According to the Reuters article "New Energy Policy on the Horizon," March 17, Congress has finally decided to pass energy legislation by the end of this year. Although this will be no panacea for our energy-related problems, it is certainly a step in the right direction.
Unfortunately, while Congress deliberates over a new energy policy to ease dependency on foreign oil and reduce environmental degradation, companies already addressing those areas are filing for bankruptcy. According to the Opinion page article "Unbind Solar Energy From Washington's Red Tape," March 12, LUZ International Ltd., a solar-power corporation, just can't compete as an alternative supplier of energy. Nuclear-power companies receive massive federal subsidies and the oil and gas industries enjoy t remendous tax benefits, while alternative-energy suppliers find themselves choked by red tape.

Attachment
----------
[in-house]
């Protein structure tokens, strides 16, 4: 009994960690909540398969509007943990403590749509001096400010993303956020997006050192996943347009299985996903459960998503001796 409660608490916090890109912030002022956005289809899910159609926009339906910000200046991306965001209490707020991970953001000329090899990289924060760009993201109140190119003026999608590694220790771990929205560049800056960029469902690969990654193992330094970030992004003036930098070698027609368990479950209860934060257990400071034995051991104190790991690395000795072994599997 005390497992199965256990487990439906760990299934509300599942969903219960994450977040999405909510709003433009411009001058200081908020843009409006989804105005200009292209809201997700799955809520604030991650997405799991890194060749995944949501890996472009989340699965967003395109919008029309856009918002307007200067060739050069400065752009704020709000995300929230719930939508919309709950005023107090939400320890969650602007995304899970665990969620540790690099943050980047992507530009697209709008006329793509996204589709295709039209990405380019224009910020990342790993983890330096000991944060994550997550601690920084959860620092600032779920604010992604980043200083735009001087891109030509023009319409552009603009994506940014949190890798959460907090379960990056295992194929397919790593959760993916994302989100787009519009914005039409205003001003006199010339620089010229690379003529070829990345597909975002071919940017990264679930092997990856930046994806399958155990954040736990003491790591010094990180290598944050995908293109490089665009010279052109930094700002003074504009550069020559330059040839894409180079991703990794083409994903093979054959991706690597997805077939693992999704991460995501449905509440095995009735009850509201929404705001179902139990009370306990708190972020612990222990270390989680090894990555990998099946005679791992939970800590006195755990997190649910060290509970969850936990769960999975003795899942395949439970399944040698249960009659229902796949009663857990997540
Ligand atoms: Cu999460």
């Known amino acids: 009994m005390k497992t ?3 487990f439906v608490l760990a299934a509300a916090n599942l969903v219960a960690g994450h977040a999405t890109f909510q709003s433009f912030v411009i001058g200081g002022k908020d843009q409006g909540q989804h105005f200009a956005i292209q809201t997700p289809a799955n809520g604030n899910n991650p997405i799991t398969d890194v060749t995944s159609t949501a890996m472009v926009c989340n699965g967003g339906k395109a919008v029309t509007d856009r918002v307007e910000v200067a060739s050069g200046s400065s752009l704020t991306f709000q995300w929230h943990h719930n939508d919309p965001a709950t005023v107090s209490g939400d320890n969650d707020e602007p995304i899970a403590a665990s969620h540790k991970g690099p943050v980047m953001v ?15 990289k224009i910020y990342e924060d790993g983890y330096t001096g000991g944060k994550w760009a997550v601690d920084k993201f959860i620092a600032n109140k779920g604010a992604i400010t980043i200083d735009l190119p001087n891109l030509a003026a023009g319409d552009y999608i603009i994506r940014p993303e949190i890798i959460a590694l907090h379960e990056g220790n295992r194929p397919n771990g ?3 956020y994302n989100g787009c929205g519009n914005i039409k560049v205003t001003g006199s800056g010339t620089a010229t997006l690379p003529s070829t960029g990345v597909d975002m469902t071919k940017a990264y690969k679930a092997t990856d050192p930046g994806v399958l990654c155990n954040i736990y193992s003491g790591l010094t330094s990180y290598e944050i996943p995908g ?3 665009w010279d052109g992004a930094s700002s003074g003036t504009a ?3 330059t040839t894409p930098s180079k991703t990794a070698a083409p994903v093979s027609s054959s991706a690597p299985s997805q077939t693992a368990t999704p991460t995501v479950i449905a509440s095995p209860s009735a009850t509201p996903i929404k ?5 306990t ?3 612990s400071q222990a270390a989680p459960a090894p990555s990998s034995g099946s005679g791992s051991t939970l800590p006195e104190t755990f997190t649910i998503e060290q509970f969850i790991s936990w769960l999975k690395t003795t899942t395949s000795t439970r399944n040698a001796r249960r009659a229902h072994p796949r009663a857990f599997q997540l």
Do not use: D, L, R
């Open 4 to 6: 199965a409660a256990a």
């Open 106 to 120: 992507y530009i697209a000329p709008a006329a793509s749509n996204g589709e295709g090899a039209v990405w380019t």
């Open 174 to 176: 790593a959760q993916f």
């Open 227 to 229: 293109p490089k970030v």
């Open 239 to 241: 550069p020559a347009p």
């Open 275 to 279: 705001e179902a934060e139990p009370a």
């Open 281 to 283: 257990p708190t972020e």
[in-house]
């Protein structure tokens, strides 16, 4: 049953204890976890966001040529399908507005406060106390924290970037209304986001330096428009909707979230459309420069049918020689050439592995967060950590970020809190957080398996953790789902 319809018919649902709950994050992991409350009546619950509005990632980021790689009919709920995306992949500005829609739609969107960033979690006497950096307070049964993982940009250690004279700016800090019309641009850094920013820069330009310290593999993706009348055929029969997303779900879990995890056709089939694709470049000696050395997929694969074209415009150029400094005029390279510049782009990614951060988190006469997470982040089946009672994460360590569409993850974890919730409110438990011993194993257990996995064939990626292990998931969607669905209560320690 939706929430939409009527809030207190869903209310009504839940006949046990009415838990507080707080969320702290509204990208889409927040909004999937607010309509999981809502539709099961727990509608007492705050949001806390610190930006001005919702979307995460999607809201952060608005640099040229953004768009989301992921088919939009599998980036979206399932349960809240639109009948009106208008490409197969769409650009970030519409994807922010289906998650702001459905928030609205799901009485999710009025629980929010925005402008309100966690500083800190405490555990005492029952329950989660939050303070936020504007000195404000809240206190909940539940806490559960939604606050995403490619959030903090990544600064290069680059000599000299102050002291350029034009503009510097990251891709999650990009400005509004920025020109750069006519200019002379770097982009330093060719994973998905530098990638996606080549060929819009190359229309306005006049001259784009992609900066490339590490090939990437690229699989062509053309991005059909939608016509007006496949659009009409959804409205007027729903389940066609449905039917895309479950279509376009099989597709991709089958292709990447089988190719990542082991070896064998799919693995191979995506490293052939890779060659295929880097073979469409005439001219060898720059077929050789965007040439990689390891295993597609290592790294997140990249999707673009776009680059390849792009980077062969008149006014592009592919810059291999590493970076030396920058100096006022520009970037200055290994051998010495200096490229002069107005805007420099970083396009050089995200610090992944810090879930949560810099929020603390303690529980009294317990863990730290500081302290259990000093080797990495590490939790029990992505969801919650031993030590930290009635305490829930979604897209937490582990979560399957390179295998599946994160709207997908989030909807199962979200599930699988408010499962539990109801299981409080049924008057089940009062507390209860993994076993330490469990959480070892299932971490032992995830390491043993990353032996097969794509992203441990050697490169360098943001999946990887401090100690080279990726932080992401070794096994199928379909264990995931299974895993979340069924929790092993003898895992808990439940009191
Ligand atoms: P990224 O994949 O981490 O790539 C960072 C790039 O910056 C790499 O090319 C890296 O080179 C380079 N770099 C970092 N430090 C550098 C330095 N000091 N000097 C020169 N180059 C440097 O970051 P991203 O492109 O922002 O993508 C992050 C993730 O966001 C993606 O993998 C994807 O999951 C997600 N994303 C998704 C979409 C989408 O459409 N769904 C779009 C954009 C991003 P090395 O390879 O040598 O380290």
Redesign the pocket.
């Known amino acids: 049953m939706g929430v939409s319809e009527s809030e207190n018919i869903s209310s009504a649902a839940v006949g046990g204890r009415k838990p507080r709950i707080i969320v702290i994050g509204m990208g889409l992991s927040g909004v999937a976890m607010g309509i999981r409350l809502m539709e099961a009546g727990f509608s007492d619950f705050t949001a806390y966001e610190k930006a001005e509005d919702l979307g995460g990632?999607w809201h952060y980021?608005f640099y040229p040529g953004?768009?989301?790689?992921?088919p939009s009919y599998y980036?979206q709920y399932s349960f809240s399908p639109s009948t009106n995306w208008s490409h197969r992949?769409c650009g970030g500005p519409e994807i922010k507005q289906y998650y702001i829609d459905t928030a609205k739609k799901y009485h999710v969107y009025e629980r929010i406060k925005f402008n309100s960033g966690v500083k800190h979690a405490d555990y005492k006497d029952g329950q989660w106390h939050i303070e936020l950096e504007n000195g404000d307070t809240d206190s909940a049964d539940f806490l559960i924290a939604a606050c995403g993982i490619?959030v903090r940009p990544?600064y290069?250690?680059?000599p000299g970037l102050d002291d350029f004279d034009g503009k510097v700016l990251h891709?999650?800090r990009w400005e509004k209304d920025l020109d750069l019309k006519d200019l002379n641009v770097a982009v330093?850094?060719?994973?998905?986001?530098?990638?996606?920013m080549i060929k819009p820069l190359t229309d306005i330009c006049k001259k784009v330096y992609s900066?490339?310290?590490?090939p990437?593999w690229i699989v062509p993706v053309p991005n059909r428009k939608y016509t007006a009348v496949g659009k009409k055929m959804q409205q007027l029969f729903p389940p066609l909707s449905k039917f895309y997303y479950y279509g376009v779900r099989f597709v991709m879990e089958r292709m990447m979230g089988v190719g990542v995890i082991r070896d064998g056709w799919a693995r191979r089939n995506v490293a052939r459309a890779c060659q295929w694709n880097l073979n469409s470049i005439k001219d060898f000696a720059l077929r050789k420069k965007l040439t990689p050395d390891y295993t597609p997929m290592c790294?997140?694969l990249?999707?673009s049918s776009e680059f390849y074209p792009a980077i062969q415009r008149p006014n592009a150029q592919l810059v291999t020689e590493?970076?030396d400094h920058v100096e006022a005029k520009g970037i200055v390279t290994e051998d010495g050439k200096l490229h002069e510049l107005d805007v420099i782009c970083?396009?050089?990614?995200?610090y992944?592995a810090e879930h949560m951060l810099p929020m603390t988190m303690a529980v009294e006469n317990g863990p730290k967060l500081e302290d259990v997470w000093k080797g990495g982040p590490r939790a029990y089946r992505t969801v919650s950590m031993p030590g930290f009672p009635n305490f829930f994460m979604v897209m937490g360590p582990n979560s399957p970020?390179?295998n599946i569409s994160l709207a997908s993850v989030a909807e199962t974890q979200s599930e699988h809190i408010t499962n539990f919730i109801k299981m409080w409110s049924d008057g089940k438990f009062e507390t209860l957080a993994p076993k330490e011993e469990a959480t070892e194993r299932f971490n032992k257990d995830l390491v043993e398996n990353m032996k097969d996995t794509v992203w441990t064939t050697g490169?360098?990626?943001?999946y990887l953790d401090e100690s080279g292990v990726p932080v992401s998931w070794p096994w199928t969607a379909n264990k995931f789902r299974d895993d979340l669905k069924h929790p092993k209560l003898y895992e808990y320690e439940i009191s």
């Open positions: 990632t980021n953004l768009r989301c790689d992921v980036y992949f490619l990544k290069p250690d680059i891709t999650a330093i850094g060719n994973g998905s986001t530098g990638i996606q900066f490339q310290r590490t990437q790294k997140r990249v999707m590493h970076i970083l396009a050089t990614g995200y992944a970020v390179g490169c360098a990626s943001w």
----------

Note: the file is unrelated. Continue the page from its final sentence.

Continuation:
If, as the Reuters article states, Congress really wants to take "dramatic steps to boost its energy security," it is about time they refocus their efforts. The most complete energy policy in history won't do a bit of good until the United States begins to support companies that have a positive effect on our environment.
A new energy policy is desperately needed, but so are government incentives and support for those men and women who already hold the key to safe, efficient, and economical energy alternatives. If this means getting rid of those political leaders whose first loyalties are to the industries, as the author of the Opinion page article suggests, so be it. Eric Martin, S. Hero, Vt.
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